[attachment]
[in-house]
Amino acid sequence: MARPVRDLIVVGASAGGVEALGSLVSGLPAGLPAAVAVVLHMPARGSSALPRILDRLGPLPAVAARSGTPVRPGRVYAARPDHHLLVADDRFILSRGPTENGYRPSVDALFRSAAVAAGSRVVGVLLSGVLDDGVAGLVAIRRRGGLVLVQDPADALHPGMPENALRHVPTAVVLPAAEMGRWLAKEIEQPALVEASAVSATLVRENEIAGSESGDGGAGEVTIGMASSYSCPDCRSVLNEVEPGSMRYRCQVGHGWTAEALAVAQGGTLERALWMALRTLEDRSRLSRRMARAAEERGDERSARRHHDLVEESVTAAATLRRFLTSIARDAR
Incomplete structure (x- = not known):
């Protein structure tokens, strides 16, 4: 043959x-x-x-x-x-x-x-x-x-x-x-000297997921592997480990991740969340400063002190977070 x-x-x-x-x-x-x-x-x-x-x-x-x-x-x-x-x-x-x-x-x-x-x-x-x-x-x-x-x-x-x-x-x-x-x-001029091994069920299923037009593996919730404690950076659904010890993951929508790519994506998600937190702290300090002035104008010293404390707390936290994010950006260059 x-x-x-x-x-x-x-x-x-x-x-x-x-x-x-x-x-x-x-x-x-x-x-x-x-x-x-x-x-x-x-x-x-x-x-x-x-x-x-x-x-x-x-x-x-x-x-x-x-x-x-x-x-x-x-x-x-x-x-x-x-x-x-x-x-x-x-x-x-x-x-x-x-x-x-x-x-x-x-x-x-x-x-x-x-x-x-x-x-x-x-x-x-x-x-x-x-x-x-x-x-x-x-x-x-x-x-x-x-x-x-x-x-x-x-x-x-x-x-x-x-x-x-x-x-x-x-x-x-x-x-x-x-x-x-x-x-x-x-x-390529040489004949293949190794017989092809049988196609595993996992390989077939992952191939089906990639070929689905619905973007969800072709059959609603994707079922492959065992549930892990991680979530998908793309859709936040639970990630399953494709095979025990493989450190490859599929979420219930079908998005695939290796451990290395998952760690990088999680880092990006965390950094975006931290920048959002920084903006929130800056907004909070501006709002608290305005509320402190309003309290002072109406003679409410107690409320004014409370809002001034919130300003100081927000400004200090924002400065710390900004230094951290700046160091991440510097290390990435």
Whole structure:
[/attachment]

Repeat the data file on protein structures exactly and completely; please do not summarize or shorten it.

[in-house]
Amino acid sequence: MARPVRDLIVVGASAGGVEALGSLVSGLPAGLPAAVAVVLHMPARGSSALPRILDRLGPLPAVAARSGTPVRPGRVYAARPDHHLLVADDRFILSRGPTENGYRPSVDALFRSAAVAAGSRVVGVLLSGVLDDGVAGLVAIRRRGGLVLVQDPADALHPGMPENALRHVPTAVVLPAAEMGRWLAKEIEQPALVEASAVSATLVRENEIAGSESGDGGAGEVTIGMASSYSCPDCRSVLNEVEPGSMRYRCQVGHGWTAEALAVAQGGTLERALWMALRTLEDRSRLSRRMARAAEERGDERSARRHHDLVEESVTAAATLRRFLTSIARDAR
Incomplete structure (x- = not known):
């Protein structure tokens, strides 16, 4: 043959x-x-x-x-x-x-x-x-x-x-x-000297997921592997480990991740969340400063002190977070 x-x-x-x-x-x-x-x-x-x-x-x-x-x-x-x-x-x-x-x-x-x-x-x-x-x-x-x-x-x-x-x-x-x-x-001029091994069920299923037009593996919730404690950076659904010890993951929508790519994506998600937190702290300090002035104008010293404390707390936290994010950006260059 x-x-x-x-x-x-x-x-x-x-x-x-x-x-x-x-x-x-x-x-x-x-x-x-x-x-x-x-x-x-x-x-x-x-x-x-x-x-x-x-x-x-x-x-x-x-x-x-x-x-x-x-x-x-x-x-x-x-x-x-x-x-x-x-x-x-x-x-x-x-x-x-x-x-x-x-x-x-x-x-x-x-x-x-x-x-x-x-x-x-x-x-x-x-x-x-x-x-x-x-x-x-x-x-x-x-x-x-x-x-x-x-x-x-x-x-x-x-x-x-x-x-x-x-x-x-x-x-x-x-x-x-x-x-x-x-x-x-x-x-390529040489004949293949190794017989092809049988196609595993996992390989077939992952191939089906990639070929689905619905973007969800072709059959609603994707079922492959065992549930892990991680979530998908793309859709936040639970990630399953494709095979025990493989450190490859599929979420219930079908998005695939290796451990290395998952760690990088999680880092990006965390950094975006931290920048959002920084903006929130800056907004909070501006709002608290305005509320402190309003309290002072109406003679409410107690409320004014409370809002001034919130300003100081927000400004200090924002400065710390900004230094951290700046160091991440510097290390990435």
Whole structure: